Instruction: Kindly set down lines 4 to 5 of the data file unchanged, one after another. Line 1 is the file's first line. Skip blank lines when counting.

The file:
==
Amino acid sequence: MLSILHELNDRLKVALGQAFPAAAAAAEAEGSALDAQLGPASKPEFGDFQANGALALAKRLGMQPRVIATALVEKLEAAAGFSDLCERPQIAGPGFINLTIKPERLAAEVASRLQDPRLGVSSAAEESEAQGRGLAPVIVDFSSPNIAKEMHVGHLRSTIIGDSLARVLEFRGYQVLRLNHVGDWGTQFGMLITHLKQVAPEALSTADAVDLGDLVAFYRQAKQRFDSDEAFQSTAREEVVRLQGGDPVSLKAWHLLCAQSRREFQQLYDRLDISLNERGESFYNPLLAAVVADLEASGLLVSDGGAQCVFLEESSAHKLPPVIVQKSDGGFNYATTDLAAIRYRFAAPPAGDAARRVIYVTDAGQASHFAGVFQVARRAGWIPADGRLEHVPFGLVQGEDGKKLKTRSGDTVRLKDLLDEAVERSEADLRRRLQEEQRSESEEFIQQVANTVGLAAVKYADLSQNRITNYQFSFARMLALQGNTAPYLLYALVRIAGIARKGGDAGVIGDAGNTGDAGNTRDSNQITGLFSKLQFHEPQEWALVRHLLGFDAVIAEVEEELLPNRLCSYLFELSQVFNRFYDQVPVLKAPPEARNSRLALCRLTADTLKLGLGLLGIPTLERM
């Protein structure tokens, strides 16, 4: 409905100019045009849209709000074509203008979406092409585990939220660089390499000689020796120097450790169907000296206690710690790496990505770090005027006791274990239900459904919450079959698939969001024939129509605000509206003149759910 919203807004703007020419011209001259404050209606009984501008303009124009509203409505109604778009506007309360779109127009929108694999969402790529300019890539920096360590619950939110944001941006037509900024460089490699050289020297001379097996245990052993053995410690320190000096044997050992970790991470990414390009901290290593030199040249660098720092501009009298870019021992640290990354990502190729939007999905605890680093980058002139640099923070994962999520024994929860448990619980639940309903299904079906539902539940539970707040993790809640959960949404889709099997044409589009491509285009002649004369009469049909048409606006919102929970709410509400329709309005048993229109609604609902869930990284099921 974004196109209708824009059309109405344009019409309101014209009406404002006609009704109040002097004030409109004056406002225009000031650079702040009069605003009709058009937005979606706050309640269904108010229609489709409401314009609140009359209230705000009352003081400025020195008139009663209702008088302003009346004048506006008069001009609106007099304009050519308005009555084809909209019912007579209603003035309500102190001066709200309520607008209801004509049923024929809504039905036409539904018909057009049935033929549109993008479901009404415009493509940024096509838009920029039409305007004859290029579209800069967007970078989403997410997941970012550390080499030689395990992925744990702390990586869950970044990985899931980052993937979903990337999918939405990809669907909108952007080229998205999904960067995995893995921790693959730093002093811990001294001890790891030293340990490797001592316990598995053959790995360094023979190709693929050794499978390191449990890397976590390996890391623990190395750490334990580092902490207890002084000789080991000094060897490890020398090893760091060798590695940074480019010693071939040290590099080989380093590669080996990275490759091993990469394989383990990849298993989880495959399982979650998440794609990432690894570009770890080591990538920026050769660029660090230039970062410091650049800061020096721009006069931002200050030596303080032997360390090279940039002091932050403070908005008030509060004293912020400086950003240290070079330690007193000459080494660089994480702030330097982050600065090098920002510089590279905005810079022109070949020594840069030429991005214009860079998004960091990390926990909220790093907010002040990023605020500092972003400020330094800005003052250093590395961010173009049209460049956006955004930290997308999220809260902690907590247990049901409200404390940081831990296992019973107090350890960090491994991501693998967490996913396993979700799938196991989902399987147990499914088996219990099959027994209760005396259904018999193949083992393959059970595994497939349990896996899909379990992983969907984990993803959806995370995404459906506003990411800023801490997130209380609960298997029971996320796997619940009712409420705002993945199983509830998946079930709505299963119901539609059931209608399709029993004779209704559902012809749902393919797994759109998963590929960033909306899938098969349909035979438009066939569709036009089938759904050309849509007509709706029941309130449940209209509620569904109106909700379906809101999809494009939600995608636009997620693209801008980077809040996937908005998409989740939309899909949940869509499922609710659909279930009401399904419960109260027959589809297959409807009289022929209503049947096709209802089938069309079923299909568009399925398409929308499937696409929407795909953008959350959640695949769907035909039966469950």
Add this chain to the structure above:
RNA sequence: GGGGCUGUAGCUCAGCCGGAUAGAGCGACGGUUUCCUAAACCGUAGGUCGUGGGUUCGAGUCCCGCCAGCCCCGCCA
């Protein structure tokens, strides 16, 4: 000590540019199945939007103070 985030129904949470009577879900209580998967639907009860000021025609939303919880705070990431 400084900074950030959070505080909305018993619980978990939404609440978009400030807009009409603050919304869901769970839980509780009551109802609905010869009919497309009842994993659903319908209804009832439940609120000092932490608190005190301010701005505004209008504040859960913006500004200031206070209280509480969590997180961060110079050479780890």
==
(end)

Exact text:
RNA sequence: GGGGCUGUAGCUCAGCCGGAUAGAGCGACGGUUUCCUAAACCGUAGGUCGUGGGUUCGAGUCCCGCCAGCCCCGCCA
């Protein structure tokens, strides 16, 4: 000590540019199945939007103070 985030129904949470009577879900209580998967639907009860000021025609939303919880705070990431 400084900074950030959070505080909305018993619980978990939404609440978009400030807009009409603050919304869901769970839980509780009551109802609905010869009919497309009842994993659903319908209804009832439940609120000092932490608190005190301010701005505004209008504040859960913006500004200031206070209280509480969590997180961060110079050479780890």